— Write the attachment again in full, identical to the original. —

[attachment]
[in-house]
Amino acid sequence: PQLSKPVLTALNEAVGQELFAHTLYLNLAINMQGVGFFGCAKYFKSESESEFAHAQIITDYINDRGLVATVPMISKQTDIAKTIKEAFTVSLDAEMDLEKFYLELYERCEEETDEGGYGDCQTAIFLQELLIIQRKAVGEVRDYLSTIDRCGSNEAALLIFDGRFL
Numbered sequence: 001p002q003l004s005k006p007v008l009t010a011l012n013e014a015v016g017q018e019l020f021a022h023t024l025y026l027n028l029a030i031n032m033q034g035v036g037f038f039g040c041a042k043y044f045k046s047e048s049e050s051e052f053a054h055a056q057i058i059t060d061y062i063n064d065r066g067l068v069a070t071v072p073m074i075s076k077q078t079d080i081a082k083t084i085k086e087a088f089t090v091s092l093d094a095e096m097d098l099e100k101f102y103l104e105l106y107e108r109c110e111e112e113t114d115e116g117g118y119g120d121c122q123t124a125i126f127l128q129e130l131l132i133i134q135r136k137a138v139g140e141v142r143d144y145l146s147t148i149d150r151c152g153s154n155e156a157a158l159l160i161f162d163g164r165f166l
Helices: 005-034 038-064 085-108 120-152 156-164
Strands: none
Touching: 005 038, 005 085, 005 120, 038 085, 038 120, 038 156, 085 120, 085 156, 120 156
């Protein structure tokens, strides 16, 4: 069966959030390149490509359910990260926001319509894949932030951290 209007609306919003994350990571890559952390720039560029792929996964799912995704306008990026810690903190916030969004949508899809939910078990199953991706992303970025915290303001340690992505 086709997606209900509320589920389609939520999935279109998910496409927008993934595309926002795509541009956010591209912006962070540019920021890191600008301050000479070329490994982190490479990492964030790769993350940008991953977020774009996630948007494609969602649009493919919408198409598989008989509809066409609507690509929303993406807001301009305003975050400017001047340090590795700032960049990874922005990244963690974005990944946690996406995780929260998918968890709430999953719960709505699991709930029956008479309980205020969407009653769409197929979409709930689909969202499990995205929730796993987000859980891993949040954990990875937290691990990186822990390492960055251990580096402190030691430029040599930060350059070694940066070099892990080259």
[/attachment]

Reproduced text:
[in-house]
Amino acid sequence: PQLSKPVLTALNEAVGQELFAHTLYLNLAINMQGVGFFGCAKYFKSESESEFAHAQIITDYINDRGLVATVPMISKQTDIAKTIKEAFTVSLDAEMDLEKFYLELYERCEEETDEGGYGDCQTAIFLQELLIIQRKAVGEVRDYLSTIDRCGSNEAALLIFDGRFL
Numbered sequence: 001p002q003l004s005k006p007v008l009t010a011l012n013e014a015v016g017q018e019l020f021a022h023t024l025y026l027n028l029a030i031n032m033q034g035v036g037f038f039g040c041a042k043y044f045k046s047e048s049e050s051e052f053a054h055a056q057i058i059t060d061y062i063n064d065r066g067l068v069a070t071v072p073m074i075s076k077q078t079d080i081a082k083t084i085k086e087a088f089t090v091s092l093d094a095e096m097d098l099e100k101f102y103l104e105l106y107e108r109c110e111e112e113t114d115e116g117g118y119g120d121c122q123t124a125i126f127l128q129e130l131l132i133i134q135r136k137a138v139g140e141v142r143d144y145l146s147t148i149d150r151c152g153s154n155e156a157a158l159l160i161f162d163g164r165f166l
Helices: 005-034 038-064 085-108 120-152 156-164
Strands: none
Touching: 005 038, 005 085, 005 120, 038 085, 038 120, 038 156, 085 120, 085 156, 120 156
């Protein structure tokens, strides 16, 4: 069966959030390149490509359910990260926001319509894949932030951290 209007609306919003994350990571890559952390720039560029792929996964799912995704306008990026810690903190916030969004949508899809939910078990199953991706992303970025915290303001340690992505 086709997606209900509320589920389609939520999935279109998910496409927008993934595309926002795509541009956010591209912006962070540019920021890191600008301050000479070329490994982190490479990492964030790769993350940008991953977020774009996630948007494609969602649009493919919408198409598989008989509809066409609507690509929303993406807001301009305003975050400017001047340090590795700032960049990874922005990244963690974005990944946690996406995780929260998918968890709430999953719960709505699991709930029956008479309980205020969407009653769409197929979409709930689909969202499990995205929730796993987000859980891993949040954990990875937290691990990186822990390492960055251990580096402190030691430029040599930060350059070694940066070099892990080259």